organisational issues, he asked each participant to pretend they had his
job and write a fictional press release dated in the future explaining how
they had accomplished the group’s growth objectives. This creative
approach forced them to rethink the status quo and admit that they could
never do so alone, paving the way for cooperation on various fronts.
Ibrahim’s collaborative approach to building a common vision and fostering
creativity is delivering results. Axiata recently posted stellar financial
results, with net profits tripling to RM 1.7 billion (about £319 million) from
just RM 498 million in 2008.10
Embody creative leadership 35
Are you leading creatively?
How will you develop the critical capabilities
to enhance creativity among your leadership team?
In what ways can you explore, reward and globally
integrate diverse and unconventional points of view?
What is your approach to challenge every element
of your business model to get the most from currently
How will you leverage new communication styles,
technologies and tools, both to lead a new generation
of talent and encourage breakthrough thinking?
Chapter Two 37
Customers have never had so much information
or so many options. CEOs are making ‘getting
connected’ to customers their highest priority to
better predict and provide customers with what
they really want.
38 Capitalising on Complexity
Rethink customer relationships
Customers keep getting connected, but are they connecting with you?
In a dynamic and more complex environment, more enterprises feel
customers pulling away instead of getting closer, as new social networking
channels capture a greater share of customer attention.11
It’s not just customer attention that has wandered. Interactions have
changed too. For example, even the best designed retail Web sites can’t
control the shopping experience, as more and more sales take place
through auction and affiliate sites, location-based sites and a multiplicity
of new channels.
Customers encountering new products, services and experiences on what
seems like a daily basis are growing less loyal to their brands and even
their own habits. Reputations can be built and burned by opinions shared
online, ‘texted’ and ‘tweeted’ by friends, bloggers and advocacy groups.
CEOs told us they need to re-ignite customer interest and loyalty, or risk
losing ground to competitors.
Get even closer to the customer
Customer intimacy is foremost on CEOs’ minds. Eighty-eight percent of all
CEOs, and an astounding ninety-five percent of Standouts, picked getting
closer to the customer as the most important dimension to realise their
strategy in the next five years. These CEOs are convinced they must not
only stay connected (or reconnect) with customers, but keep on learning
how to strengthen those bonds.
“Our products need to
anticipate need, rather than
respond to a request.”
Michael D’Ascenzo, Commissioner of
Taxation, Australian Taxation Office
Reinvent customer relationships 39
A Telecommunications CEO in the Czech Republic acknowledged it is no
trivial task. ‘As a major player in our market, customer intimacy is most
important to us, but this is easier to say than do.’ Like just about everything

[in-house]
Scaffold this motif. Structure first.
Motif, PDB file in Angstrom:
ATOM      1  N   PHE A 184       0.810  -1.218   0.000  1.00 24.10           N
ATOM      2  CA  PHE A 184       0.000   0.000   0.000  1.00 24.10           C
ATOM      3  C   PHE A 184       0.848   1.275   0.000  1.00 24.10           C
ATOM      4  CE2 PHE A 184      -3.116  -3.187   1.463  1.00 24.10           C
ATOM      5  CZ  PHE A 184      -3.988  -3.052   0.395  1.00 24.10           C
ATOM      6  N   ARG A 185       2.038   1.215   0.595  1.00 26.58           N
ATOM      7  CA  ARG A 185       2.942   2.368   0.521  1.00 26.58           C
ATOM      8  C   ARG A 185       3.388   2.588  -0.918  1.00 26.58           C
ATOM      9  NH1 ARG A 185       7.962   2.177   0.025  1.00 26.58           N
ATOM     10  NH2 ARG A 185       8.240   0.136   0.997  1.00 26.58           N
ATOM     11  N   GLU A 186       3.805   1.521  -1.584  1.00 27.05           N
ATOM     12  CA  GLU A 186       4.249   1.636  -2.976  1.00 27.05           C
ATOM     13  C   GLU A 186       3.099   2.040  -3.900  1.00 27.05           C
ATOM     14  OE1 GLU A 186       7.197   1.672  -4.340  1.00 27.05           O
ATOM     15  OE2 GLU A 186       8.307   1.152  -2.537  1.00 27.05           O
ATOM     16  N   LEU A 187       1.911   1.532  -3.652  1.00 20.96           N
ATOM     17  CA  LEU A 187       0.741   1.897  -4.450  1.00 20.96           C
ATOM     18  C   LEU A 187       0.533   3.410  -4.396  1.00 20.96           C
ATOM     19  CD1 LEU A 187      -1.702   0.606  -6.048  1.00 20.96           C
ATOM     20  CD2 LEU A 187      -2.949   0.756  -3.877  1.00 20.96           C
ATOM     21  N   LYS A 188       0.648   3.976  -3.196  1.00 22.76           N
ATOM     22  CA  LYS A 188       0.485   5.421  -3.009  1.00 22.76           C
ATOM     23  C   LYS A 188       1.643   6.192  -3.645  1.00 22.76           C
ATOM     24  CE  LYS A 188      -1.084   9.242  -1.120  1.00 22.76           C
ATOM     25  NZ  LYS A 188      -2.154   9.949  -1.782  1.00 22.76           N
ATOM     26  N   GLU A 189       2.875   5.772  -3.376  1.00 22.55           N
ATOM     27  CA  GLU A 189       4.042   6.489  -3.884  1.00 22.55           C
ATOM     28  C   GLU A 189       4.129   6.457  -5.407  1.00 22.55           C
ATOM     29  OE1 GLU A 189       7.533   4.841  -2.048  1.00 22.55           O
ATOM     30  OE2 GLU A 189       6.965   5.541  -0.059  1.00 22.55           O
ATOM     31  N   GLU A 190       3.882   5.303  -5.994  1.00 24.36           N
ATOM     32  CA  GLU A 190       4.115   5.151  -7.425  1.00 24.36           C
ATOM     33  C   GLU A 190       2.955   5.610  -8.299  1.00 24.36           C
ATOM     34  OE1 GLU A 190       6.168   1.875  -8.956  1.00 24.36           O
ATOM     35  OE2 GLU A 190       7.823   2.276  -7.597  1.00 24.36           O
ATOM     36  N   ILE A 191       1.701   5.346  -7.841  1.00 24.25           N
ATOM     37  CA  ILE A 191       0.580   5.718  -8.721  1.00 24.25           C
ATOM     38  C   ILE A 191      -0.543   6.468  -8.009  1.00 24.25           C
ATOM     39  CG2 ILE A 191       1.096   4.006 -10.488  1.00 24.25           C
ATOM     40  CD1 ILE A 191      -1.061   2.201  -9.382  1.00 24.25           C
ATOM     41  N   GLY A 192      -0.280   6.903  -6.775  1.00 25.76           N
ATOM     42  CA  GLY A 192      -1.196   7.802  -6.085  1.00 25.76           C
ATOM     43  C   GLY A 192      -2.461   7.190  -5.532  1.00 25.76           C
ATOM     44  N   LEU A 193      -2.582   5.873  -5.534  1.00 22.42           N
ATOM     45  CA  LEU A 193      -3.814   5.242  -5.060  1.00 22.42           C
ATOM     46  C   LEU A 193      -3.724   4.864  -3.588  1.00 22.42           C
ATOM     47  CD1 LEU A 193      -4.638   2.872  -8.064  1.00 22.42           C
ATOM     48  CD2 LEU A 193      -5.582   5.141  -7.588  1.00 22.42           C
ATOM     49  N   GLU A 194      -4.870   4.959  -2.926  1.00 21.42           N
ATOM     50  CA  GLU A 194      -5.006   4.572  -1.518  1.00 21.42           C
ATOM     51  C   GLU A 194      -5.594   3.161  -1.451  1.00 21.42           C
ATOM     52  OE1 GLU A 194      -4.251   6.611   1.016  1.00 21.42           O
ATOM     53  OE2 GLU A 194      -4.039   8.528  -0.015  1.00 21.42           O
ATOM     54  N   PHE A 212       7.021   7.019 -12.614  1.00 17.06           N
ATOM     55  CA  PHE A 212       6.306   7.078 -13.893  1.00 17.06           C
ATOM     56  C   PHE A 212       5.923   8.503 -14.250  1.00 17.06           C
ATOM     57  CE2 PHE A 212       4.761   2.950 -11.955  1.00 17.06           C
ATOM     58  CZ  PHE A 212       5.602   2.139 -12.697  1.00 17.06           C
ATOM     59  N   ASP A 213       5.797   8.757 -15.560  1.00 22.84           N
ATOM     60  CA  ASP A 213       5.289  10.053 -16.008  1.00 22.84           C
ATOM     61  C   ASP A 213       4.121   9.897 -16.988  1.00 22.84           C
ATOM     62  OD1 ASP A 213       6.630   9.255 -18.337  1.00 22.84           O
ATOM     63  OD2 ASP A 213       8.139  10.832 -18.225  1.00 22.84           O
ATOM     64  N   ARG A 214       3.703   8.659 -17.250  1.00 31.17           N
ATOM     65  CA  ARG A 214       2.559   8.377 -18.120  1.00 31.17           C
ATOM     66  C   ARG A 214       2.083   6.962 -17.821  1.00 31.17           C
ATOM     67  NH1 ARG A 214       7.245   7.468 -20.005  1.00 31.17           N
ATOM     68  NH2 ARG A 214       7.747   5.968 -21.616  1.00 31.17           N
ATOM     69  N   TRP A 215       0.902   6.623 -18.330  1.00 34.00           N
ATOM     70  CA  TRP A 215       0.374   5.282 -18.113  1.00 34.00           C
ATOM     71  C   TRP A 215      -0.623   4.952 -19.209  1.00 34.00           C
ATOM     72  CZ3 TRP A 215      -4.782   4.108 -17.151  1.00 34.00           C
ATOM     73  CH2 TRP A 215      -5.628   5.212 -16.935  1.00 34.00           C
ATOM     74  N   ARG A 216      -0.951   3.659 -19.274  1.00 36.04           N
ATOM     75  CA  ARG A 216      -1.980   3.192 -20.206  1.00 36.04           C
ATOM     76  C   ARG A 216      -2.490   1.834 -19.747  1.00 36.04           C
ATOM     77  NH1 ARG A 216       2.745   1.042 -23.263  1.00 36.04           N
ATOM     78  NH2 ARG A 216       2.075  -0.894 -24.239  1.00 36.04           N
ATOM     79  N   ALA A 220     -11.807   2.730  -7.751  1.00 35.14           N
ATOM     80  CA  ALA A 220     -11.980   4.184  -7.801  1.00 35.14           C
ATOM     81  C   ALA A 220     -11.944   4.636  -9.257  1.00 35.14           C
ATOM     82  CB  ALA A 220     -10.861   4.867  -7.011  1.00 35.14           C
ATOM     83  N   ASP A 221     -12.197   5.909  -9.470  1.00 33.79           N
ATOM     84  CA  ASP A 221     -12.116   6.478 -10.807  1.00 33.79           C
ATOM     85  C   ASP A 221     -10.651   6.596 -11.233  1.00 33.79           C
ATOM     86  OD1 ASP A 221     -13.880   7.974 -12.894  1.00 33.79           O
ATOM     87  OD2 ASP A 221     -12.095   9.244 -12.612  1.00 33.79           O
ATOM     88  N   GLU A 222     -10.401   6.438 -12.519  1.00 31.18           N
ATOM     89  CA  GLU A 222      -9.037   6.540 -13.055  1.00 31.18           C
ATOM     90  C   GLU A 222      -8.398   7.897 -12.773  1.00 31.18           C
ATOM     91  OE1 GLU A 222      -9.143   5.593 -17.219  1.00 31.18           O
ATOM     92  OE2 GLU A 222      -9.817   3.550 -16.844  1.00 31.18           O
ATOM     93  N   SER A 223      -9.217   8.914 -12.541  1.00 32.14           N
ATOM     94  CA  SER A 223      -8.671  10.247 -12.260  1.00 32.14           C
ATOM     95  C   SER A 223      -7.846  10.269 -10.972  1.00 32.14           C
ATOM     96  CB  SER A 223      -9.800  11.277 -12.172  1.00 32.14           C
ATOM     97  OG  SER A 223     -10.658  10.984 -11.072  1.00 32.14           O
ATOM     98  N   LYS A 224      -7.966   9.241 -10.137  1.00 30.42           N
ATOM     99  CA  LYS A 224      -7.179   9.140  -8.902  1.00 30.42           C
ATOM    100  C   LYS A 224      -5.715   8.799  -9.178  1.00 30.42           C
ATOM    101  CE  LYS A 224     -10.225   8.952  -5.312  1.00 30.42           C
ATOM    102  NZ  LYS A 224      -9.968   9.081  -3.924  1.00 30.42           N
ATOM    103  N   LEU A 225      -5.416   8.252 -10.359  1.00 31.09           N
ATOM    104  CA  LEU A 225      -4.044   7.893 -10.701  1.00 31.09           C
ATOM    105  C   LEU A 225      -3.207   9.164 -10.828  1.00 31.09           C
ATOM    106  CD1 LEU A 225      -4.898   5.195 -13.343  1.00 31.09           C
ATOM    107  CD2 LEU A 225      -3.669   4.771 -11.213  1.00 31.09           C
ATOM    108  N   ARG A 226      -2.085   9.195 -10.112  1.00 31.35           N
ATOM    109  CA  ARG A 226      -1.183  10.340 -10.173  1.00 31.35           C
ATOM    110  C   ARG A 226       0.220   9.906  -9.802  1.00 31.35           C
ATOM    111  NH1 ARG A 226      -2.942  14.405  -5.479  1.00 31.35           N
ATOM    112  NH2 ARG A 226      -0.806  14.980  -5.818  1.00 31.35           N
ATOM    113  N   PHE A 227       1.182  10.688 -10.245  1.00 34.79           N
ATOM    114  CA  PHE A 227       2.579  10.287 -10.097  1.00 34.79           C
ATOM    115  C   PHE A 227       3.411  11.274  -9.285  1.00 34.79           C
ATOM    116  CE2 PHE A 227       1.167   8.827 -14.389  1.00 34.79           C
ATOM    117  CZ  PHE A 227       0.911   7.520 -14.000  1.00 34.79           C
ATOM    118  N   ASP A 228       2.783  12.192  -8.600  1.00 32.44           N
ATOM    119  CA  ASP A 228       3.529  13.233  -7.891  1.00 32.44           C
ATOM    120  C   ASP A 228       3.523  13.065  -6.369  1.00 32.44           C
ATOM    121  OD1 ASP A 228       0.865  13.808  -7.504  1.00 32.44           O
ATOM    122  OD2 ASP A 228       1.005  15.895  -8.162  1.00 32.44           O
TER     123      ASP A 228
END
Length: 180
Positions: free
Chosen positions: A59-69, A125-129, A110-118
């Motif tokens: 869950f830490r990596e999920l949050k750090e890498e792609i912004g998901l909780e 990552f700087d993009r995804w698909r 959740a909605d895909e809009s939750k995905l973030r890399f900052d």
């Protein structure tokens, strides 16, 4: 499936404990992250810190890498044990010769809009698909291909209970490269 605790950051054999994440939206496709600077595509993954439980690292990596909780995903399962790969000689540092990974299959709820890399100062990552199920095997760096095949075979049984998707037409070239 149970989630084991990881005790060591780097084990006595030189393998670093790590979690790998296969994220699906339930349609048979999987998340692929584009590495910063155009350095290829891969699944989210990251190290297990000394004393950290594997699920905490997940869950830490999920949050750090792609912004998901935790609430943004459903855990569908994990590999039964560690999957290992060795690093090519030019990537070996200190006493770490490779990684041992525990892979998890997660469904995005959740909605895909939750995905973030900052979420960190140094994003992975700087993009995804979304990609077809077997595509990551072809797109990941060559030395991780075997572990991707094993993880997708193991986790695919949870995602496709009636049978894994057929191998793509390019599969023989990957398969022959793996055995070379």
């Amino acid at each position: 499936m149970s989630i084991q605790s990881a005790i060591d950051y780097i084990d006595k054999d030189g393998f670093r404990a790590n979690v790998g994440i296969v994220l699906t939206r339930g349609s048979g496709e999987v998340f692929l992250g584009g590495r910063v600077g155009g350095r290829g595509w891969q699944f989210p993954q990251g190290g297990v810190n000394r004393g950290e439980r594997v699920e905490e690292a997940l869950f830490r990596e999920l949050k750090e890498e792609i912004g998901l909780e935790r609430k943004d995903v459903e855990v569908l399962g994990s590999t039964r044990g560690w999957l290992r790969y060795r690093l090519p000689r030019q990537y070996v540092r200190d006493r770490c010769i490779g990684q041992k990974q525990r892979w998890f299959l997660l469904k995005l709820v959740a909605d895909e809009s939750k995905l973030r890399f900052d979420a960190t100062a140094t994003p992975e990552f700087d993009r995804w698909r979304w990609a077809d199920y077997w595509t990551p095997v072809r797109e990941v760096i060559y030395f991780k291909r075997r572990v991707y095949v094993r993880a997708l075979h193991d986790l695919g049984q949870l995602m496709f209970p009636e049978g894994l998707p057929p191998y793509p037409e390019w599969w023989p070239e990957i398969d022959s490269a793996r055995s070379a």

else in this more complex environment, getting closer to the customer will
require both new approaches and a new mindset.
In our conversations with leaders, we sensed CEOs were more committed
than ever to taking personal responsibility for being customer driven.
Decisions need to be guided primarily by customer needs ‘even on the
CEO level,’ affirmed a Banking CEO in Hungary.
Top focus areas in next five years
Above all other priorities, CEOs plan to focus on getting closer to customers
to realise their strategy.
“To surprise customers requires
unexpected ideas through
interactions of people with
diverse perspectives. It is urgent
for us to develop a system to
manage this unexpectedness.’”
Shukuo Ishikawa, President
and CEO, Representative Director,
NAMCO BANDAI Holdings, Inc.
Getting closer to customers tops CEOs priorities.
With few exceptions, Standouts place customer relationships above all other
focus areas for the next five years.
Getting closer to customer
Insight and intelligence
Enterprise model changes
Industry model changes
Revenue model changes
40 Capitalising on Complexity
Turn the data explosion into insight
To better understand what differentiates customer-focused leaders, we
took a closer look at CEOs whose top priority is getting closer to the
customer. This group was twenty-nine percent more likely to expect the
information explosion to impact their organisations to a very large extent in
the next five years. They also focused eighteen percent more on insight
and intelligence to achieve strategy.
Leveraging the information explosion
Customer-focused CEOs will use insight and intelligence to better serve customer needs.
More focus on
A staggering number of CEOs described their organisations as data rich,
but insight poor. Many voiced frustration at not being able to transform
available data into feasible action plans, let alone to detect emerging
opportunities. “We seem to have more data, but our information is worse,”
said an Electronics CEO in Canada.‘It is more difficult to sift out what
is most important.’
Reinvent customer relationships 41
In what seems a growing fog of data, CEOs have never expressed a
greater need to obliterate their blind spots. Too often, they say,
information based on customer interactions is trapped in organisational
silos. Or insights are derived only from the most easily culled information.
Organisations that are able to combine, or layer, many kinds of information